I am not sure who came up with the term “pot control” but nowadays you hear it referenced much more in tournaments than in cash games. There was a time, however, where pot control was very trendy in ring games. I remember doing episodes of Live at the Bike back in 2006 where even good players would check back their overpairs on the turn because they did not want to play a big pot with one pair. The really interesting thing though was that the frequency of check-raise bluffs and semi-bluffs especially on the turn was quite low. By checking back all they were really doing was losing value from draws and giving free cards to opponents that had decent equity.
The same thing can be said now especially at the lower levels. You really do not have to concern yourself with getting bluffed on the turn especially in three-bet pots. Most people are aware that your range consists of a significant amount of overpairs and strong hands after putting a lot of money in the pot and they are not going to try and get you off of those holdings without a big hand or draw themselves.
I have written a lot about bet-folding and raise-folding the last few weeks in this column. If you can successfully bet for value and then fold when you face resistance than you are way out in front of most of the player pool at the $5 or $10 big blind level of live no-limit.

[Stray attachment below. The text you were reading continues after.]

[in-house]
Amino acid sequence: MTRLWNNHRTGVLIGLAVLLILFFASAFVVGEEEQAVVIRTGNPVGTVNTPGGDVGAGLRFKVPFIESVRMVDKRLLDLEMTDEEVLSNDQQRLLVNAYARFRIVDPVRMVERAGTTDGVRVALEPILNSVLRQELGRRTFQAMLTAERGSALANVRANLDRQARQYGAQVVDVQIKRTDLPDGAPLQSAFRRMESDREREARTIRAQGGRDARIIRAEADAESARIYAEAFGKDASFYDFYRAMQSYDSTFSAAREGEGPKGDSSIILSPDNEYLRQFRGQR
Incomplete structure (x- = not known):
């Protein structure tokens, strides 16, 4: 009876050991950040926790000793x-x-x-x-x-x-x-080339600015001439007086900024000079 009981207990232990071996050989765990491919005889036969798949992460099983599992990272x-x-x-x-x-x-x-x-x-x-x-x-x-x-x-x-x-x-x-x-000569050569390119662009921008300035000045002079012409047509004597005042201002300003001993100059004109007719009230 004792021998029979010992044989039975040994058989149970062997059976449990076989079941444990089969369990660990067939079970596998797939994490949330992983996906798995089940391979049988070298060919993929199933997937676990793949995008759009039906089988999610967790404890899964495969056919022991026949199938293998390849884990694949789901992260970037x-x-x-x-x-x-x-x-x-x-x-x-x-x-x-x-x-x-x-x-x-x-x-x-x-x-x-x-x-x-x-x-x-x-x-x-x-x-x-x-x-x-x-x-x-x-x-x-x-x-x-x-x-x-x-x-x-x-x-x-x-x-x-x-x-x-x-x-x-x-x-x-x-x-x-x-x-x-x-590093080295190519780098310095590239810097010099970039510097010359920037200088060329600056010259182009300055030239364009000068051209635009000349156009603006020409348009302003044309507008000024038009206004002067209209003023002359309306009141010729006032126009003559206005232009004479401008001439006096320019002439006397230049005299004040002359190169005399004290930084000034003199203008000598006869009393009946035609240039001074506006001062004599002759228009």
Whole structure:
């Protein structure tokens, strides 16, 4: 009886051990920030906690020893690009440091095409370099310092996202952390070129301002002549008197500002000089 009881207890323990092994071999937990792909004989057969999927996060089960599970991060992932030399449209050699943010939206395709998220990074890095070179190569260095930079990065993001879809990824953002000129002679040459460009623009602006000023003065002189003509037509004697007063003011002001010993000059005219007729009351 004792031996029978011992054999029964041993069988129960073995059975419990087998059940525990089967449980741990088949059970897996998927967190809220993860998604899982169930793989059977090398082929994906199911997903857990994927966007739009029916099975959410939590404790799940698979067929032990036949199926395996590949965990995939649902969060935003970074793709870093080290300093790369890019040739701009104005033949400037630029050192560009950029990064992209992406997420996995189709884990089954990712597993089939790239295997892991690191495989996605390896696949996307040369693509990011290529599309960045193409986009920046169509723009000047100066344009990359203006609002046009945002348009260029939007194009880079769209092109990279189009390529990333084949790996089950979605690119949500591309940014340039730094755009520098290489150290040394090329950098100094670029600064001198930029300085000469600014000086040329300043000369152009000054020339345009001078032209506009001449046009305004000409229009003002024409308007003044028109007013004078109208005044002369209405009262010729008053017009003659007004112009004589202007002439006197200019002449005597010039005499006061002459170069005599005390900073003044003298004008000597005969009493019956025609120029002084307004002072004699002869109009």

Now of course, there are times when you can check back the turn for value with a strong hand thinking that maybe your opponent cannot call both a turn and a river bet. But this is not to say that you are “pot controlling.” In fact, there is nothing wrong with taking this concept entirely out of your game for low and midstakes no-limit holdem. The sheer fact of the matter is unless you are up against ridiculously good, aggressive players and you are super deep stacked there is rarely a need to pot control in no-limit cash games.